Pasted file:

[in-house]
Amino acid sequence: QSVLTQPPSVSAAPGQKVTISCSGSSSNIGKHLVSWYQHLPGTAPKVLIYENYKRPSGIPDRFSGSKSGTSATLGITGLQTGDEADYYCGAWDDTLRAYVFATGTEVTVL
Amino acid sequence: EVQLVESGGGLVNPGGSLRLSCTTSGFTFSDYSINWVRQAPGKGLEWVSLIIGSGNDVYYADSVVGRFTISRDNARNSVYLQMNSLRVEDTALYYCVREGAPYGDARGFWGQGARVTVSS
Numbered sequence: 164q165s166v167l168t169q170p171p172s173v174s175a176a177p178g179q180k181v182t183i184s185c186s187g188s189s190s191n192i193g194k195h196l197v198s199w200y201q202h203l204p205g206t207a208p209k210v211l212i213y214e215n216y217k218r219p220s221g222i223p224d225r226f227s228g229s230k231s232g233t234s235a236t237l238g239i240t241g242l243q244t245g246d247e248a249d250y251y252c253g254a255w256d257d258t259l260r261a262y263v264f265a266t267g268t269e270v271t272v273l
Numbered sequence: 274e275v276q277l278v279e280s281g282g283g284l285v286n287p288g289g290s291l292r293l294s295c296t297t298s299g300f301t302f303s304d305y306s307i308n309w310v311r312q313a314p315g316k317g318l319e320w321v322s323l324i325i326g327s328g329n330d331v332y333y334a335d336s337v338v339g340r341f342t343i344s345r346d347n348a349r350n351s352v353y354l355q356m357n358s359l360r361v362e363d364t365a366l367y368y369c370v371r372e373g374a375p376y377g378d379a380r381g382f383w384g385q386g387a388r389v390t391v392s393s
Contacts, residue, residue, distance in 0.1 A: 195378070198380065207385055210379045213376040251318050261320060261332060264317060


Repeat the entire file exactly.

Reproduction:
[in-house]
Amino acid sequence: QSVLTQPPSVSAAPGQKVTISCSGSSSNIGKHLVSWYQHLPGTAPKVLIYENYKRPSGIPDRFSGSKSGTSATLGITGLQTGDEADYYCGAWDDTLRAYVFATGTEVTVL
Amino acid sequence: EVQLVESGGGLVNPGGSLRLSCTTSGFTFSDYSINWVRQAPGKGLEWVSLIIGSGNDVYYADSVVGRFTISRDNARNSVYLQMNSLRVEDTALYYCVREGAPYGDARGFWGQGARVTVSS
Numbered sequence: 164q165s166v167l168t169q170p171p172s173v174s175a176a177p178g179q180k181v182t183i184s185c186s187g188s189s190s191n192i193g194k195h196l197v198s199w200y201q202h203l204p205g206t207a208p209k210v211l212i213y214e215n216y217k218r219p220s221g222i223p224d225r226f227s228g229s230k231s232g233t234s235a236t237l238g239i240t241g242l243q244t245g246d247e248a249d250y251y252c253g254a255w256d257d258t259l260r261a262y263v264f265a266t267g268t269e270v271t272v273l
Numbered sequence: 274e275v276q277l278v279e280s281g282g283g284l285v286n287p288g289g290s291l292r293l294s295c296t297t298s299g300f301t302f303s304d305y306s307i308n309w310v311r312q313a314p315g316k317g318l319e320w321v322s323l324i325i326g327s328g329n330d331v332y333y334a335d336s337v338v339g340r341f342t343i344s345r346d347n348a349r350n351s352v353y354l355q356m357n358s359l360r361v362e363d364t365a366l367y368y369c370v371r372e373g374a375p376y377g378d379a380r381g382f383w384g385q386g387a388r389v390t391v392s393s
Contacts, residue, residue, distance in 0.1 A: 195378070198380065207385055210379045213376040251318050261320060261332060264317060